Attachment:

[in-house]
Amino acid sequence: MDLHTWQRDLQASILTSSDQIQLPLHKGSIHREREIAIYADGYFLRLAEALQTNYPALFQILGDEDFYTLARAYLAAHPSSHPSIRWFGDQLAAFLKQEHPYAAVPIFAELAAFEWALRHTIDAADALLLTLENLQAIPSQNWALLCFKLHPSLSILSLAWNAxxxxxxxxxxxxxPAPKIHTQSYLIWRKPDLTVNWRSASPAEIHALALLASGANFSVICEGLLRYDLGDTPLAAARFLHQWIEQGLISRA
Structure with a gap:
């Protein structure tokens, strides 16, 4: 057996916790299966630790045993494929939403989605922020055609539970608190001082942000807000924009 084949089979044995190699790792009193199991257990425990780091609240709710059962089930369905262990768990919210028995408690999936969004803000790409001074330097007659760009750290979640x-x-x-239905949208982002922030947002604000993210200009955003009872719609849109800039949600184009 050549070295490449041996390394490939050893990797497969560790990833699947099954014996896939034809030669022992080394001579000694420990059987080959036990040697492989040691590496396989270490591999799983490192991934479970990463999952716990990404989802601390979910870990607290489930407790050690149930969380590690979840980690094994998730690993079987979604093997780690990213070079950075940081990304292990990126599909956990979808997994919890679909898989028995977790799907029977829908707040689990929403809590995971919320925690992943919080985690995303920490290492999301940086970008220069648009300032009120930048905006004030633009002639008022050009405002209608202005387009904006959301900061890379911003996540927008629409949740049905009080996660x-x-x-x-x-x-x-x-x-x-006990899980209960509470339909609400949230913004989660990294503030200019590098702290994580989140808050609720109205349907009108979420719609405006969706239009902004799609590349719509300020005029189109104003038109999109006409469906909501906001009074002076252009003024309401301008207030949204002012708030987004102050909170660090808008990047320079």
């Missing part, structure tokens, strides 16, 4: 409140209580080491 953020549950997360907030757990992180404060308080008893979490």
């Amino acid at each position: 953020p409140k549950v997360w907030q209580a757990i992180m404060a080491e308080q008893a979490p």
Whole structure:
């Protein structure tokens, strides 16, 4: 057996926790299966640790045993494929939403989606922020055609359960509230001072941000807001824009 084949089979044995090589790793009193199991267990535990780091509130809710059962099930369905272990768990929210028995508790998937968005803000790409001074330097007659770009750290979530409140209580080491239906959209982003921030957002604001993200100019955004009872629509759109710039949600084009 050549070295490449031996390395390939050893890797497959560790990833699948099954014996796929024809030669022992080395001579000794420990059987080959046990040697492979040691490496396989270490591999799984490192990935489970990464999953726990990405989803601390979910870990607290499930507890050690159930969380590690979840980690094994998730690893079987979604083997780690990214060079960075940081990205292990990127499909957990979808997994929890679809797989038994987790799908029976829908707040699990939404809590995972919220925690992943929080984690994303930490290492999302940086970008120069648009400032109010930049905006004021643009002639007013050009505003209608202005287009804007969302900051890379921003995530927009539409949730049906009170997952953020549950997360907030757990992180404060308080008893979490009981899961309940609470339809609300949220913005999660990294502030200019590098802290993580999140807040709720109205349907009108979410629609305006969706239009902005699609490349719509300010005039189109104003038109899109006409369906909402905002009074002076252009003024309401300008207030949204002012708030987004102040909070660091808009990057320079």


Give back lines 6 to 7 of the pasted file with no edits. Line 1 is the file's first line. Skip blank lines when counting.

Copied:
């Amino acid at each position: 953020p409140k549950v997360w907030q209580a757990i992180m404060a080491e308080q008893a979490p």
Whole structure: